Janelle was excited about her recent graduation and she is enjoying using te reo Māori in her new job as school secretary for EIT’s Te Ūranga Waka.
Tertiary study was a challenging journey for the mother-of-four.
Of Ngāti Porou descent, she grew up in Paekākāriki and attended Kāpiti College. After stints living in Sydney and on the Gold Coast, she moved to Hawke’s Bay to be near her older sister Renée. She was also keen for her daughters to attend St Joseph’s Māori Girls College in Greenmeadows.
Settling back in New Zealand wasn’t easy, however. To support her family, Janelle had to go onto the benefit for six or seven months and even after securing full-time work as a merchandiser she felt something had to change if she was going to help herself and her children.
Janelle learnt te reo Māori at high school and understood what her Māori-speaking grandfather was saying.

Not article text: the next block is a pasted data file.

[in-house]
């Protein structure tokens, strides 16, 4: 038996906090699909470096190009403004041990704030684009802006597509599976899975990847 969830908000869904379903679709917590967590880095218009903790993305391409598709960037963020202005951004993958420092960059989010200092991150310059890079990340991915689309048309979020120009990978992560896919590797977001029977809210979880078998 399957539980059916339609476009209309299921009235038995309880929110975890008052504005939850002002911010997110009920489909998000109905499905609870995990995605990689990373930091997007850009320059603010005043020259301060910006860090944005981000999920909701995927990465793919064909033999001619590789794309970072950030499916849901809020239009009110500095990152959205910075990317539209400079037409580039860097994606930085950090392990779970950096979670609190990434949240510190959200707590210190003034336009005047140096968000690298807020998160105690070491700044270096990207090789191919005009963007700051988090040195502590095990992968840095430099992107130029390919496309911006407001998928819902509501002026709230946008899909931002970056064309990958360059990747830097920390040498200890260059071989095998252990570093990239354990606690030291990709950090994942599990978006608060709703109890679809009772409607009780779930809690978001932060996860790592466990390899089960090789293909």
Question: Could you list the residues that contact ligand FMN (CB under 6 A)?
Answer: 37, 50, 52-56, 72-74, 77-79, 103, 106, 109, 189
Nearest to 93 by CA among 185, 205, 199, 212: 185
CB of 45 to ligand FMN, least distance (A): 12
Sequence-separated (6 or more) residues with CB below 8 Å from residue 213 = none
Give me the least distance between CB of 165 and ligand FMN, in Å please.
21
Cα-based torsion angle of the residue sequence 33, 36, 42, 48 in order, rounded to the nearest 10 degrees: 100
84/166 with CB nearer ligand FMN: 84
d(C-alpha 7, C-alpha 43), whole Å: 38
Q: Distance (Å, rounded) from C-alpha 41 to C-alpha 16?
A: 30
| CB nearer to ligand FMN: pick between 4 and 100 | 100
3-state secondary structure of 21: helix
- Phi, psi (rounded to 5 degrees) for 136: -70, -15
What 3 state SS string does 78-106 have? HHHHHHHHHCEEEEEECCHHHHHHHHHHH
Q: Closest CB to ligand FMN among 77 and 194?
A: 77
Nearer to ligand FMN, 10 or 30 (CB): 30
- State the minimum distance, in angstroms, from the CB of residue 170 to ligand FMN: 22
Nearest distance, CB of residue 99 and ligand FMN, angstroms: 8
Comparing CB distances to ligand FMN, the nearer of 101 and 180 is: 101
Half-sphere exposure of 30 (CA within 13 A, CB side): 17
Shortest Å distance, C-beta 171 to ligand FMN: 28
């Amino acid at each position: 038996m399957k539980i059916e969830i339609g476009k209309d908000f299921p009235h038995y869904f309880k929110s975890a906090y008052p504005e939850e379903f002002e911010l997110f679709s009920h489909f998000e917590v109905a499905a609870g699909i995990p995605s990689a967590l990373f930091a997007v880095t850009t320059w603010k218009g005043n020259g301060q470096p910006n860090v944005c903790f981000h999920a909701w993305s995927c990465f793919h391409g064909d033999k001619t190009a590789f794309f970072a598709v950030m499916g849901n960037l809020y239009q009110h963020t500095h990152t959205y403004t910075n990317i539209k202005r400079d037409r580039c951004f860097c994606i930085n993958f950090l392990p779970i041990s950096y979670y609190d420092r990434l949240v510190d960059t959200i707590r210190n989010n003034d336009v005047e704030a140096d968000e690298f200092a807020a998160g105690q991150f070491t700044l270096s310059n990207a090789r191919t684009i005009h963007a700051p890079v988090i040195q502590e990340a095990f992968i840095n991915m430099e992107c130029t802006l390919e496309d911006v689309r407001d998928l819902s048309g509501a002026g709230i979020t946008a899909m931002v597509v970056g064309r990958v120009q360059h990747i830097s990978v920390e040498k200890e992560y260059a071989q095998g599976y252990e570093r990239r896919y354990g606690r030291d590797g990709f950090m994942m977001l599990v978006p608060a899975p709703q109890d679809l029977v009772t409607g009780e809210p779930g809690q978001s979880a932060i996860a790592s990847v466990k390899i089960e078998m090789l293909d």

“He started the first kura kaupapa in Dannevirke,” she says.
Wanting to speak te reo and to “discover herself”, she enrolled at EIT. While she enjoyed the study, Janelle came close to giving up towards the end of her second degree year after her partner was made redundant and she was struggling to manage a part-time job and family and degree commitments.
“I was falling asleep in class and one day former lecturer Ahuriri Houkamau found me crying.”
Ahuriri urged Janelle to keep going, helped prioritise her study commitments and pointed out that, having completed four semesters, she had only to study for two more to finish her degree.
“I feel very grateful to him for what he said that day.”
Now, having gained her qualification, she is finding the universe opening up for her.
“It’s funny how many opportunities come up when you come to the end of your degree,” she says. “So many doors open, which they wouldn’t if you didn’t have a degree.”